What is in this article?:
- California farmers slow to adopt conservation tillage
- Conservation tillage discovery
- Productivity drives sustainability
- CT consumes less energy and labor, thereby reduces costs, reduces environmental impacts, increases soil carbon content and improves soil tilth, fertility and overall organic matter, according to CT apostles.
- California farmers are proving slow-to-reluctant to adopt Midwest-style conservation tillage (CT) farming practices.
Dino Giacomazzi, left, Hanford, Calif., dairy farmer, was the keynote speaker of the CASI media event moderated by Bob Wample, center, Clovis, Calif., consultant, and organized by Jeff Mitchell, UC cropping system specialist.
Productivity drives sustainability
Giacomazzi said he has encountered that from neighbors who have asked him if the research being done on his farm and the conservation grants will eventually result in the government telling him how to farm.
Dino’s dad was furious when he went to the NRCS office to seek a $30 per acre grant to develop a CT program.
“My father despised government welfare and his son was collecting welfare from the government,” he explained.
However, the growing scarcity of labor, $3.39 per gallon diesel fuel that once cost 80 cents per gallon, a dwindling farm water supply and growing government regulations covering air and water quality will force change on the farm, believes Giacomazzi.
Farmers are also facing a public that does not understand farming, yet wants to dictate how food is produced.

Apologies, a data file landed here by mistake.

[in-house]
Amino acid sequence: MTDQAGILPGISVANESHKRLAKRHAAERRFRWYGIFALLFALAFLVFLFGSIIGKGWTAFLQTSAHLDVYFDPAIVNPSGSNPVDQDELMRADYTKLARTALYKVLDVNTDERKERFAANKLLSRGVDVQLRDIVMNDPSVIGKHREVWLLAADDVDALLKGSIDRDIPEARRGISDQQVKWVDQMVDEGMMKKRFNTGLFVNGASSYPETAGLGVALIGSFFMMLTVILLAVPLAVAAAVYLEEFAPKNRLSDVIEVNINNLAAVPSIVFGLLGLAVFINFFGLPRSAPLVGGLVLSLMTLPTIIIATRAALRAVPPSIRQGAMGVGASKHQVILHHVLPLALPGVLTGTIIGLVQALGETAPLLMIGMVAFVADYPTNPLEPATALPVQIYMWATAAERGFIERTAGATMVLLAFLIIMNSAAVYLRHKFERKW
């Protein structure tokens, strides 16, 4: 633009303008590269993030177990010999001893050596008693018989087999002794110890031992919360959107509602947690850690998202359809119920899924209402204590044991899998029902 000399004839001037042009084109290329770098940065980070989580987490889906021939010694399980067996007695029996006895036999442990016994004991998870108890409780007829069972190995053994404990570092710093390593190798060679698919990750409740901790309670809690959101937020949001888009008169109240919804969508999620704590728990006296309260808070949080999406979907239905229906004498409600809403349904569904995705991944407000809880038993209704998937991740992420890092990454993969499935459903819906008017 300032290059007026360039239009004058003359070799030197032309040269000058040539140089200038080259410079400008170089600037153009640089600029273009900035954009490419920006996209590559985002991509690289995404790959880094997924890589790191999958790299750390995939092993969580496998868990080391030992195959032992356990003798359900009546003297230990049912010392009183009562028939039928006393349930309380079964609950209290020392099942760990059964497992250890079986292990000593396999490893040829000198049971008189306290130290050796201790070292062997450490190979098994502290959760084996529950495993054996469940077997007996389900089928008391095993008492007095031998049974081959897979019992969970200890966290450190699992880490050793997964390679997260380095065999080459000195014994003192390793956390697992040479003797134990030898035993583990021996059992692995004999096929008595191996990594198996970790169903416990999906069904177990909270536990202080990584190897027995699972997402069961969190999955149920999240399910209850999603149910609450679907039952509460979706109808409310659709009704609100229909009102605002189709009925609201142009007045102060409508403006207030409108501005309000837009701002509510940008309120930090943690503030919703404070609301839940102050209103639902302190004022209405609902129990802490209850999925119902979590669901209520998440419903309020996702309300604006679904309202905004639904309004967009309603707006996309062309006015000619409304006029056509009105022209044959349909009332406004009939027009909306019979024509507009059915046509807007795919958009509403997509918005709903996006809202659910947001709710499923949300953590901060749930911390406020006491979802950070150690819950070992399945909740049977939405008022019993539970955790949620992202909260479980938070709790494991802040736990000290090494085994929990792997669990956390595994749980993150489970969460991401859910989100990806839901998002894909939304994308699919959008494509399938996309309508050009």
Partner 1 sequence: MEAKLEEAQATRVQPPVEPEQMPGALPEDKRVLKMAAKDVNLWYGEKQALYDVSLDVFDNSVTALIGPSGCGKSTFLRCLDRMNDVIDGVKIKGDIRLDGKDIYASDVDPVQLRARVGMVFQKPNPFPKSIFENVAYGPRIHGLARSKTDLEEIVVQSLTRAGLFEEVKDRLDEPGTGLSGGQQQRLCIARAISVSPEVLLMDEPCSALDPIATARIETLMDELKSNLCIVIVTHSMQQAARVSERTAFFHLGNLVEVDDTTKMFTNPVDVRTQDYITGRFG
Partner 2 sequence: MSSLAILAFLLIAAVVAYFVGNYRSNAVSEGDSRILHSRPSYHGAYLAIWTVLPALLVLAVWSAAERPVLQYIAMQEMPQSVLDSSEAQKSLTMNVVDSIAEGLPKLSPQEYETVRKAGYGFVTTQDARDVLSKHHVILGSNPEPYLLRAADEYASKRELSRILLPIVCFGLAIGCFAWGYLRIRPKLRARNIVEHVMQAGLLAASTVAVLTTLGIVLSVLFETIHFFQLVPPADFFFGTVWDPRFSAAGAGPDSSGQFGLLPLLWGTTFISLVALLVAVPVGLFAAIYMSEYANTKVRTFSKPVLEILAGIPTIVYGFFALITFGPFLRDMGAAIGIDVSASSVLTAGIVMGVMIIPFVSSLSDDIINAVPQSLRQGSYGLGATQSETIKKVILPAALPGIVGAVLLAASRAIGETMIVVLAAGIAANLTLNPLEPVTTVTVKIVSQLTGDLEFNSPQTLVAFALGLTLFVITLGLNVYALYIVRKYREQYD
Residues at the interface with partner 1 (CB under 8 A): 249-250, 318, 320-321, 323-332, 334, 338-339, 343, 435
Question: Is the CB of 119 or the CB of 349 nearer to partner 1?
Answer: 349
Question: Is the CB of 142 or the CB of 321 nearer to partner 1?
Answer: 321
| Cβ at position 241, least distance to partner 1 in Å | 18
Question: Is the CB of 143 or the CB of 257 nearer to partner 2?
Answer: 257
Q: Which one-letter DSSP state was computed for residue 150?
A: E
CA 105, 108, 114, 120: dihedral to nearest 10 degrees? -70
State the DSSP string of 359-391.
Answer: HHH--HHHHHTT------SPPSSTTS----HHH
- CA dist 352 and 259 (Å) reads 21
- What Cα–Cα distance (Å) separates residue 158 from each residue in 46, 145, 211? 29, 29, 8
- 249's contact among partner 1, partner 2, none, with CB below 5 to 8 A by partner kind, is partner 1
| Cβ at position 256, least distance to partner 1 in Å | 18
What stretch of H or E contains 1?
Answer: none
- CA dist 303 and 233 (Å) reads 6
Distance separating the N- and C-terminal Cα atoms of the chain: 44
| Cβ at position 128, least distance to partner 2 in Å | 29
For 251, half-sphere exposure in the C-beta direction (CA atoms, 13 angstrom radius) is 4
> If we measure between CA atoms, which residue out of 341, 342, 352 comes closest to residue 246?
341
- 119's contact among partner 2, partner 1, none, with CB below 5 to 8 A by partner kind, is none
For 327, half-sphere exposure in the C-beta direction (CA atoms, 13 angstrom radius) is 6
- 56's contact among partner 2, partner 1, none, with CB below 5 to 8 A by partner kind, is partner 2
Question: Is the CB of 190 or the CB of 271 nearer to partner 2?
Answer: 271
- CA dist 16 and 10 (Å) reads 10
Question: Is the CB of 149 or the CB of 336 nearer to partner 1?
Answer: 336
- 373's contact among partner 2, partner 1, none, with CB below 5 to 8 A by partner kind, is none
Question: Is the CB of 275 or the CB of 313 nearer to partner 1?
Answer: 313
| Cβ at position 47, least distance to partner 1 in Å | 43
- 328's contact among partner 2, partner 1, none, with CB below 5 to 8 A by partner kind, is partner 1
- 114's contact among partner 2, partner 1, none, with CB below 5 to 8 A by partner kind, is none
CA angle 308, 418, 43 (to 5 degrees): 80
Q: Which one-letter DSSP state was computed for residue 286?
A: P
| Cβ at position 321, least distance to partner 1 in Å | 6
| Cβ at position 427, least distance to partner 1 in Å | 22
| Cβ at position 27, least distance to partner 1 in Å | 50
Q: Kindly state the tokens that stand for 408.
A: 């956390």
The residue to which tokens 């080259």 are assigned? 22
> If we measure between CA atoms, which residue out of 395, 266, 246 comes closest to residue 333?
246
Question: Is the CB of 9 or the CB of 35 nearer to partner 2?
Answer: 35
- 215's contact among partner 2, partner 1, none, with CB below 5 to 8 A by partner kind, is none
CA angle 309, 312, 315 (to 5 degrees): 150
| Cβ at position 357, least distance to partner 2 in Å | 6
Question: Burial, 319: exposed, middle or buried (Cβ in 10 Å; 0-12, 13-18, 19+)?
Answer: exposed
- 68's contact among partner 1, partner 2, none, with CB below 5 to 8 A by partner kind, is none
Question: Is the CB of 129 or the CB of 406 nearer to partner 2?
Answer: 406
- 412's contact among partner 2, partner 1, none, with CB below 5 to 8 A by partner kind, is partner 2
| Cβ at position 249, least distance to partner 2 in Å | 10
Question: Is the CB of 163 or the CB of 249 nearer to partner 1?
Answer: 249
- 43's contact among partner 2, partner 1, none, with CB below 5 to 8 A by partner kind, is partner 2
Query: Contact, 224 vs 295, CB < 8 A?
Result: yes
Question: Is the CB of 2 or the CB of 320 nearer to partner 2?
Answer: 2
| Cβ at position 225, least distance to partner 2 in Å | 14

“There is a different attitude among people about food; where it comes from and how it is produced,” he said. People who shape public policy want to do things like banning commercial animal production and genetically modified crops.
“We have problems with the public’s perception of farming because 98 percent of public are not farmers,” yet what the more radical elements say takes roots and creates public opinion that becomes public policy.
Farmers must take control of this discussion and espouse the freedom to farm at all levels. Farmers must drive home the idea that “productivity drives sustainability — not the other way around.”
The future of farming will be driven by coexistence between small farmers providing locally grown food to preserve rural America and large farms to feed a hungry world; higher technology versus traditional farming; biotech versus organic. “We need all segments of farming,” he emphasized.
To change public perception of farming, farmers must scientifically verify the tools they use to farm and communicate it.
Giacomazzi believes most Americans share the same values as farmers, and farmers need to connect that with good information. “We need to take charge of the farming discussion,” he said.
Giacomazzi believes CASI is one way for that to succeed.